A new study in the October 2015 Pediatrics, “Fruit Consumption by Youth in the United States,” (published online Sept. 21) looks at what fruits—and fruit juices—children are most likely to eat.
The study used data from the National Health and Nutrition Examination Survey, 2011 to 2012. Using the Food Patterns Equivalents Database and the What We Eat in America 150 food groups, the study calculated the contribution of whole fruit, 100% fruit juices, mixed fruit dishes, and 12 discrete fruit and fruit juices to total fruit consumption. The study also examined differences by age, gender, race and Hispanic origin, and poverty status.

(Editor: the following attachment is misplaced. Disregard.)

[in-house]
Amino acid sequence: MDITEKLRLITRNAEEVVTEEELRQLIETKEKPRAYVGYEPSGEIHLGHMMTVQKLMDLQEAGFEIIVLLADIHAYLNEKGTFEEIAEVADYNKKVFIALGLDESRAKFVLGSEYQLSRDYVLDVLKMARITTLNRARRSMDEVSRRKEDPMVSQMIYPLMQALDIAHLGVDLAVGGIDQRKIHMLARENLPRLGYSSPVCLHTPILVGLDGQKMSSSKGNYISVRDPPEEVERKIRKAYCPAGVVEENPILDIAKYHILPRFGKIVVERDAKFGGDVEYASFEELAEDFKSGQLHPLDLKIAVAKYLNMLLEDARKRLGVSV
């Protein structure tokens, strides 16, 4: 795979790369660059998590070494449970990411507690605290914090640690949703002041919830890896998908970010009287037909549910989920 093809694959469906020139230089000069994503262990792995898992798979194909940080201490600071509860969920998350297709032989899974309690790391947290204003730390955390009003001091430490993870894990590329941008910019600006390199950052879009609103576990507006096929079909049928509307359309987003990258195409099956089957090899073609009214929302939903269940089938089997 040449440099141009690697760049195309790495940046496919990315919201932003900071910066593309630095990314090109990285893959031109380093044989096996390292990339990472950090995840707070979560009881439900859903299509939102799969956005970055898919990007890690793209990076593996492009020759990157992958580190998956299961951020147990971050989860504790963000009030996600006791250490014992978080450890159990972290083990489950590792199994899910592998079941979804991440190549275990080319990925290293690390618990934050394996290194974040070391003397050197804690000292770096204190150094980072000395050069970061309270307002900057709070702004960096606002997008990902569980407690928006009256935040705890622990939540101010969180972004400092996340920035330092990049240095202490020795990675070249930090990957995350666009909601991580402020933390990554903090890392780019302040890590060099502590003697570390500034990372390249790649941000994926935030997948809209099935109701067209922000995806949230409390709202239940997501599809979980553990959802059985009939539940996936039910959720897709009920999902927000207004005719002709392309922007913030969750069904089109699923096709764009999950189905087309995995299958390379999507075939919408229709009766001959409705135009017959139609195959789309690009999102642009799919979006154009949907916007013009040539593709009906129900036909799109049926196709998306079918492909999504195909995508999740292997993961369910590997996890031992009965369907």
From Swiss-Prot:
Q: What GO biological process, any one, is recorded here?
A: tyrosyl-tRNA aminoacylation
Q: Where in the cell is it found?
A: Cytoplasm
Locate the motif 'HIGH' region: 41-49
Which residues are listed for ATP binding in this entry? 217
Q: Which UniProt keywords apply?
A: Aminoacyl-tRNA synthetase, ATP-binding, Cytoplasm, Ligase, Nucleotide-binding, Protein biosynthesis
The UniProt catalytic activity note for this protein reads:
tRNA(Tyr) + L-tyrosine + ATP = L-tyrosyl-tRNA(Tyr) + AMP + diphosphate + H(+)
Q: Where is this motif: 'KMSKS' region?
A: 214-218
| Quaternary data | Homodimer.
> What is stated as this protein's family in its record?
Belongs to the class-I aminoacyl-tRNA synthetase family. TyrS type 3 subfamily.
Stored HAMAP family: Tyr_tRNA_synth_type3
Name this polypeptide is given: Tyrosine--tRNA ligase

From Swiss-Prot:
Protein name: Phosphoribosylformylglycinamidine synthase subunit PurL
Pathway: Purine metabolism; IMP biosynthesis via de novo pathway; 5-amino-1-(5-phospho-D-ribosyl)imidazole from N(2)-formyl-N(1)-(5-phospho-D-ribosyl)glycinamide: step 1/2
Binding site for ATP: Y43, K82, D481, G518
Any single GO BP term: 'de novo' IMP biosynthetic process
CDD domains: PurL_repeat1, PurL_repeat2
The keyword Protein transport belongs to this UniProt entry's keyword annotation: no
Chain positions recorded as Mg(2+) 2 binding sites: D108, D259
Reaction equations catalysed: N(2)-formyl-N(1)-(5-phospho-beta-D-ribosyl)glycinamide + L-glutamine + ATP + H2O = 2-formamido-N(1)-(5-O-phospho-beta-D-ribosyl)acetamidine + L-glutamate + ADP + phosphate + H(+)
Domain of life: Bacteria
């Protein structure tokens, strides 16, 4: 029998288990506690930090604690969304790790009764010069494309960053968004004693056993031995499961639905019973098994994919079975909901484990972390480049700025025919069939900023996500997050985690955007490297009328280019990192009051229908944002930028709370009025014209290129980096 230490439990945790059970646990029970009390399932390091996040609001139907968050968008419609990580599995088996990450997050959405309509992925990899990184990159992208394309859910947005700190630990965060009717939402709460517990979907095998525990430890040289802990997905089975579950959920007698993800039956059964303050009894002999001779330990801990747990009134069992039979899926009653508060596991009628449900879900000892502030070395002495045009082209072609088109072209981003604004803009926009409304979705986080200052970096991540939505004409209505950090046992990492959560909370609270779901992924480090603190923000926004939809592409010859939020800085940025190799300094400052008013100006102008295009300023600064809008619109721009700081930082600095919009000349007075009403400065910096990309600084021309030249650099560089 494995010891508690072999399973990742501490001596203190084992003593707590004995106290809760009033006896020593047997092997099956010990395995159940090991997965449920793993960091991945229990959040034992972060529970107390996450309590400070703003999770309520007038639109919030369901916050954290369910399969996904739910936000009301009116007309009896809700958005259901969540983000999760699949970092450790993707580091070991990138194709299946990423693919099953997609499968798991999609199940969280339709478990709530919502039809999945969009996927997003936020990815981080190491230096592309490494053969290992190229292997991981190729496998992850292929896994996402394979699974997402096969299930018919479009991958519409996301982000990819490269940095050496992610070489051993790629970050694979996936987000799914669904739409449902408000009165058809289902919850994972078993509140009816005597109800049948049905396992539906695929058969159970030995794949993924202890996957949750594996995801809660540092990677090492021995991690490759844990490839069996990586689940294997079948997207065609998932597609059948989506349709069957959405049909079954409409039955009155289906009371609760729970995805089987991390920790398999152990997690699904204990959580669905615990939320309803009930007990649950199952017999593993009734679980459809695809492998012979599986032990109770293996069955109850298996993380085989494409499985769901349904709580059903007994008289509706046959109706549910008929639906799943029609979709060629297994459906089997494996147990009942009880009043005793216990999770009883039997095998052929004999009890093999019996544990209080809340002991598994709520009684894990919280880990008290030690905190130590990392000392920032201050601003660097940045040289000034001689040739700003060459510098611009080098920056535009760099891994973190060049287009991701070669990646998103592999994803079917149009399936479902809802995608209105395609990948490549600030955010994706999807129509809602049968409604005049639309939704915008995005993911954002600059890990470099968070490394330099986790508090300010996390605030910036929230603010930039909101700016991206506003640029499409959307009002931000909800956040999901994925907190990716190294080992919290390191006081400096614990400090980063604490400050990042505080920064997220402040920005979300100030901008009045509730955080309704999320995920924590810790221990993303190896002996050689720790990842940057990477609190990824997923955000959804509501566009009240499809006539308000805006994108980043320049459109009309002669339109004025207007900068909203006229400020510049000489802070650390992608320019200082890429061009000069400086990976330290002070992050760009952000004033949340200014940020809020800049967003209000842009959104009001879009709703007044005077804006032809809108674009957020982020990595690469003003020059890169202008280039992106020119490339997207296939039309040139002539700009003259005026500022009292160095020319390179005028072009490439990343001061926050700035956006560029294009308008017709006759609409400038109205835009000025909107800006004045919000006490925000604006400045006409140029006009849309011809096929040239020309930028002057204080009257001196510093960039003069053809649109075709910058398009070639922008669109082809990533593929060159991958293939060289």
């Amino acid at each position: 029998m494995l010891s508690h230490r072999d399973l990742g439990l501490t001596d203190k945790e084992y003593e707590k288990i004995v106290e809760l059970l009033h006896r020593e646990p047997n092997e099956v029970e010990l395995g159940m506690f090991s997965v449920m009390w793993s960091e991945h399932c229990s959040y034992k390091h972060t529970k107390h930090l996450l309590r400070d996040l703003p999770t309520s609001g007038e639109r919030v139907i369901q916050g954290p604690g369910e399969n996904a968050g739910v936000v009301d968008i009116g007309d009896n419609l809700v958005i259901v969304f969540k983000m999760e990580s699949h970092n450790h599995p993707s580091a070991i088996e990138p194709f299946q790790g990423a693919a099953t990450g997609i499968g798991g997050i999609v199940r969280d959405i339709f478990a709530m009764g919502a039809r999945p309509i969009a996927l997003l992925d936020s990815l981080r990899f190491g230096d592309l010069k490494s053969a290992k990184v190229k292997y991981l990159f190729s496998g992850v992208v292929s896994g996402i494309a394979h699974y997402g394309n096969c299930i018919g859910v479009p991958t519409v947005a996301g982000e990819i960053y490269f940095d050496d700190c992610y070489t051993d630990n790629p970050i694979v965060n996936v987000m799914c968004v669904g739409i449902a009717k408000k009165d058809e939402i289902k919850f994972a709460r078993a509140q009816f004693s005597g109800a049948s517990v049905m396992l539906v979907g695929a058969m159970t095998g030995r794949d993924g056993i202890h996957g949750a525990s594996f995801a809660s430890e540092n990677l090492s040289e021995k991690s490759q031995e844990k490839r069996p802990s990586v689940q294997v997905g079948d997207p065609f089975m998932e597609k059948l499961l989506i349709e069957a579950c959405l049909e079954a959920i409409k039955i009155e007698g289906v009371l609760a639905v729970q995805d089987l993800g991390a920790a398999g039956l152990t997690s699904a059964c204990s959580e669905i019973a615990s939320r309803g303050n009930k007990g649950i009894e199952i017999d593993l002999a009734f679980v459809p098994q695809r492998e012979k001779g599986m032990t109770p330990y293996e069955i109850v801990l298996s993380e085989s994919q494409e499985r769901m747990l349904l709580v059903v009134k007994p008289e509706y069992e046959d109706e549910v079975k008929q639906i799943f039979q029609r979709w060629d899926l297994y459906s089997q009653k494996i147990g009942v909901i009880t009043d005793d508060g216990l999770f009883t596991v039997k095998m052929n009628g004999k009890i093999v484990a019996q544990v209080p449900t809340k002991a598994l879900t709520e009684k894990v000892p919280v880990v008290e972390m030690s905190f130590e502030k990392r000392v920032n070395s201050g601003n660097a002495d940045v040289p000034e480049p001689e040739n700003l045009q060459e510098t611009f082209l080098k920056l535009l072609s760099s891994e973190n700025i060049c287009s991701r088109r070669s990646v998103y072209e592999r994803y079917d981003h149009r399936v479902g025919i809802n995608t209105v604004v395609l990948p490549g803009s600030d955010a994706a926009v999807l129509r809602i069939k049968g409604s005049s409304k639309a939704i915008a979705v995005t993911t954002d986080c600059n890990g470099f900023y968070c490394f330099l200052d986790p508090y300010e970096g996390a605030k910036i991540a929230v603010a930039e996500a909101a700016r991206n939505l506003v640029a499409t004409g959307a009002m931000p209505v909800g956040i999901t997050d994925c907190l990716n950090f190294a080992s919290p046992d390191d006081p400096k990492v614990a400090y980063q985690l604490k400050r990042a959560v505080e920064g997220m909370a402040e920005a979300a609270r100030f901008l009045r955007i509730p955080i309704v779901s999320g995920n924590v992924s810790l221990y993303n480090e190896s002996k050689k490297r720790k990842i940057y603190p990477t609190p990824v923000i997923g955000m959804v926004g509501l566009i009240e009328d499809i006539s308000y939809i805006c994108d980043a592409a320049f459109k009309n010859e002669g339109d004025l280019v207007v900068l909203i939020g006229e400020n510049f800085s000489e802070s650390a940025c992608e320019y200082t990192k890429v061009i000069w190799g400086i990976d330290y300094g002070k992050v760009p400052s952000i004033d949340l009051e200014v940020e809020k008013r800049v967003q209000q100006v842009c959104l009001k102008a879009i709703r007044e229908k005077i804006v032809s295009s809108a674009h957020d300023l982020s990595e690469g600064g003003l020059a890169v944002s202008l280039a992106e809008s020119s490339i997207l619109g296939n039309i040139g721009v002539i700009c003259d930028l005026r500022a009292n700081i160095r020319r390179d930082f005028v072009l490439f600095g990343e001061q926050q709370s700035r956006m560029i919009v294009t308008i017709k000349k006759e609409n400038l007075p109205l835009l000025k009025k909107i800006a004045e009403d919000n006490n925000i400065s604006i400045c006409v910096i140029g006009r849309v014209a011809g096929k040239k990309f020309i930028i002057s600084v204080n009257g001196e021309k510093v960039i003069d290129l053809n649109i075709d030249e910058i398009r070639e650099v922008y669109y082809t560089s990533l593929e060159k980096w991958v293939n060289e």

Key Findings from the Report:
- Nearly 90% of total fruit intake came from whole fruits (53%) and 100% fruit juices (34%) among youth aged 2 to 19 years. Apples, apple juice, citrus juice, and bananas were responsible for almost half of total fruit consumption.
- Apples accounted for 18.9% of fruit intake. Differences by age were predominately between youth aged 2 to 5 years and 6 to 11 years. For example, apples contributed a larger percentage of total fruit intake among youth 6 to 11 years old (22.4%) than among youth 2 to 5 years old (14.6%), but apple juice contributed a smaller percentage (8.8% vs 16.8%).
- There were differences by race and Hispanic origin in intake of citrus fruits, berries, melons, dried fruit, and citrus juices and other fruit juices.